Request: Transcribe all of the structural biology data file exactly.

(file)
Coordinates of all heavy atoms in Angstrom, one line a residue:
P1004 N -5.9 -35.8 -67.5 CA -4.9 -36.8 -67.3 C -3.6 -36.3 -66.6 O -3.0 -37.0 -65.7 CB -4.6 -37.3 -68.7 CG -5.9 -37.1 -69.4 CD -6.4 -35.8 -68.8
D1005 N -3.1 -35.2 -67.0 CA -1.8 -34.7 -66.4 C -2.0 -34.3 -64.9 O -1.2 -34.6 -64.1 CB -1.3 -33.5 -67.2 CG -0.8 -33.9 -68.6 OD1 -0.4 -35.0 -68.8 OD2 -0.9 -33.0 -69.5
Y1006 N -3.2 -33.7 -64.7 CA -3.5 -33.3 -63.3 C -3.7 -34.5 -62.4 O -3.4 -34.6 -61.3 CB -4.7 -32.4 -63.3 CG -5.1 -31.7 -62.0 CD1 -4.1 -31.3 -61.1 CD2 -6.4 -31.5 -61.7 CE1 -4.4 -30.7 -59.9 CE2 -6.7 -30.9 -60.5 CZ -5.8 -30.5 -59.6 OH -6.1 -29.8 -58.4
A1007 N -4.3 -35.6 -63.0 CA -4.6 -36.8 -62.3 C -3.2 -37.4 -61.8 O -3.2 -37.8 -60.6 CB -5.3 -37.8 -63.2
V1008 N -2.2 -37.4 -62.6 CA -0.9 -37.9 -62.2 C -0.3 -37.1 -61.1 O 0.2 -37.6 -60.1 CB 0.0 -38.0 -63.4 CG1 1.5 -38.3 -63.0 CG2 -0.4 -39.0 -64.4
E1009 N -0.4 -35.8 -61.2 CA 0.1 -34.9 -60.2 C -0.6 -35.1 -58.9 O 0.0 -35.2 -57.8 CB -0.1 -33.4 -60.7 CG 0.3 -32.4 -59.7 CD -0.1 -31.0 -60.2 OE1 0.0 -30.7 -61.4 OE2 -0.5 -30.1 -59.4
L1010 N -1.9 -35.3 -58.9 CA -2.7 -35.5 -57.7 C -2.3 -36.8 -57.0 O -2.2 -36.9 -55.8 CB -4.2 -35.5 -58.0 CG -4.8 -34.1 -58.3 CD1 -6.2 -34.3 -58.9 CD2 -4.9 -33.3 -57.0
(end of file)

Coordinates of all heavy atoms in Angstrom, one line a residue:
P1004 N -5.9 -35.8 -67.5 CA -4.9 -36.8 -67.3 C -3.6 -36.3 -66.6 O -3.0 -37.0 -65.7 CB -4.6 -37.3 -68.7 CG -5.9 -37.1 -69.4 CD -6.4 -35.8 -68.8
D1005 N -3.1 -35.2 -67.0 CA -1.8 -34.7 -66.4 C -2.0 -34.3 -64.9 O -1.2 -34.6 -64.1 CB -1.3 -33.5 -67.2 CG -0.8 -33.9 -68.6 OD1 -0.4 -35.0 -68.8 OD2 -0.9 -33.0 -69.5
Y1006 N -3.2 -33.7 -64.7 CA -3.5 -33.3 -63.3 C -3.7 -34.5 -62.4 O -3.4 -34.6 -61.3 CB -4.7 -32.4 -63.3 CG -5.1 -31.7 -62.0 CD1 -4.1 -31.3 -61.1 CD2 -6.4 -31.5 -61.7 CE1 -4.4 -30.7 -59.9 CE2 -6.7 -30.9 -60.5 CZ -5.8 -30.5 -59.6 OH -6.1 -29.8 -58.4
A1007 N -4.3 -35.6 -63.0 CA -4.6 -36.8 -62.3 C -3.2 -37.4 -61.8 O -3.2 -37.8 -60.6 CB -5.3 -37.8 -63.2
V1008 N -2.2 -37.4 -62.6 CA -0.9 -37.9 -62.2 C -0.3 -37.1 -61.1 O 0.2 -37.6 -60.1 CB 0.0 -38.0 -63.4 CG1 1.5 -38.3 -63.0 CG2 -0.4 -39.0 -64.4
E1009 N -0.4 -35.8 -61.2 CA 0.1 -34.9 -60.2 C -0.6 -35.1 -58.9 O 0.0 -35.2 -57.8 CB -0.1 -33.4 -60.7 CG 0.3 -32.4 -59.7 CD -0.1 -31.0 -60.2 OE1 0.0 -30.7 -61.4 OE2 -0.5 -30.1 -59.4
L1010 N -1.9 -35.3 -58.9 CA -2.7 -35.5 -57.7 C -2.3 -36.8 -57.0 O -2.2 -36.9 -55.8 CB -4.2 -35.5 -58.0 CG -4.8 -34.1 -58.3 CD1 -6.2 -34.3 -58.9 CD2 -4.9 -33.3 -57.0